This rocky island is located at the north – west opening of the Elounda Gulf. In 1954, for reasons unknown, the island, by decree, was re-named “KALIDON”. The fortress, which already existed in ancient times, was built to protect the port of the ancient town, Olous! It is reported that, among its ruins, many Christians, later, found refuge from the sarassins. Remains of the fortress, were then discovered by the Venetian architect, during his visit to the island in 1574 in order to construct a new fortress.In the Venetian museum, the original wooden model of the structure is preserved.   In the old Venetian documents, relating to the name of the island, if was designated as “STINELONDA”, as meaning in Greek: “Go to Elounda”. Since the Venetians cojld no! understand fhis expression, they adapted (t in their language, as Spina (thorn) Longa [long). In fact at the time, fhere was an island near fo Venice itself, with the name Spinalonga, but, which is now named, today, Giudecca, Since then, this name is used by the locals too. The fortress of Spinalonga was one of the most powerful! of Crete and some were even considering it to be untouchable. Its armament, in 1030, was beholding 35 canons in different diameters. After the integral occupation of Crefe in 1609, the fortress of Spinalonga remained under the Venefian domination, for almost half a century. Many Christians found fhere, a refuge escaping from me Turks. In 1715, the Turks, by capitulation, occupied the fortress and undertook the obligation to bring the guard and the inhabitants to the island of Corfu, only loter fo befray them.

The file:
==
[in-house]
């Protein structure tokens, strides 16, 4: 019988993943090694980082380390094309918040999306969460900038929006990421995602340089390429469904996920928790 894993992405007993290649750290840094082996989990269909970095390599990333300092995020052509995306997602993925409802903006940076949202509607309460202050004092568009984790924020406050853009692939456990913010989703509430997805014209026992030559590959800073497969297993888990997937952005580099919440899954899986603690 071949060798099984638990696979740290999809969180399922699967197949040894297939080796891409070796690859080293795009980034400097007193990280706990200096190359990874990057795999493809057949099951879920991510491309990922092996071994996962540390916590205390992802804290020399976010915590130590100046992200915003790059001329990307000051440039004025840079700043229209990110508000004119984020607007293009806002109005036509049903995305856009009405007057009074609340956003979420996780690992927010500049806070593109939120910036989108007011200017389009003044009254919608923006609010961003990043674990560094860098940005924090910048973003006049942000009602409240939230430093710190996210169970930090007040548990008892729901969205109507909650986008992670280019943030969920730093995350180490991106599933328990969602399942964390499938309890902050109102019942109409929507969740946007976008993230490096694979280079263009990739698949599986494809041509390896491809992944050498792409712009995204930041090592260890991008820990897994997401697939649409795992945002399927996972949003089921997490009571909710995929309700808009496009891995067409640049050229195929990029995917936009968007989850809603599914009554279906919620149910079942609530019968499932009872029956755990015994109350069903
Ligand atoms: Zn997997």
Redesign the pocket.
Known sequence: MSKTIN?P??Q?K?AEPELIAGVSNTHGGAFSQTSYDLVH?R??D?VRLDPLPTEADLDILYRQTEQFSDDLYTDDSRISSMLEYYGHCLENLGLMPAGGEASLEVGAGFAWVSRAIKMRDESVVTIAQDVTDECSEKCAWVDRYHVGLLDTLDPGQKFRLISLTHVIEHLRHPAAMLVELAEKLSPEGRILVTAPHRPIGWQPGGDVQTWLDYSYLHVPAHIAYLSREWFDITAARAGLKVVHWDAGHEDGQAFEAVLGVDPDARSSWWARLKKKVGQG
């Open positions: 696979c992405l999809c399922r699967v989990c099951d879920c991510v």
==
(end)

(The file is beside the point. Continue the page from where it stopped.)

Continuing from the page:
During the last years of the Turkish domination, the fortress became a secure place for Turkish families, who had good reason fo fear the Christian reprisals. In 1834, 80 Othoman [Turkish) families were staying on  the island  and in 1881   fhe 1112 Othomans   of Spinalonga were forming a community. Around  I860, another 1000 Turks, from the regions Mirabello, Sitia and lerapefra, for reasons of security, also joined the island. In May 1807, the Turks embarked on the main land and attacked the guard of the greek rebels, unsuccessfully. Spratt, the navigator, compares the fortress of Spinalonga to a small Giblaitar. He menfions, also, that the Venefians used, for its consfruction, raw materials found on Elounda (stones, whetstones e.t.cj.   In the fortress, ilself, the duke Giac Barbaro built there wind-mills so to grind the cereals for the guard. The main entrance of the fortress is simple and imposing, and upon the arch there is the inscription: LVCAS (MIC(HAEL) PRO(VISOR) GE(NERALIS) R(EGNI) CRfETAE] II AN(NO) in honour of Lucas Michael, who founded the fortress, in 15/6/1579. In 1903, the last Turks abandoned the fortress and since then, Spinalonga became a place of martydom. The same year, by decision of the Crelan goverment, Spinalonga was designafed as a place of con centra lion and residence for the lepers of Crele, who, till then, were kept at Miskinias, a place near to Heraklion. In 1913, when Crete united wifh Greece, all lepers from all over the country joined fhe island. There are many things said for the intolerable conditions of living and the deprivation of basic needs, from which lepers were suffering.   However, in 1957 the isolation came to an end and the state broughf the last lepers of Spinalonga to the community of Agia Varvara (near Athens], since the illness was fhen curable. Around 1980, the community of Elounda undertook, in cooperation wifh the Greek Tourist Board (EOT], the first works of reconstruction on fhe island.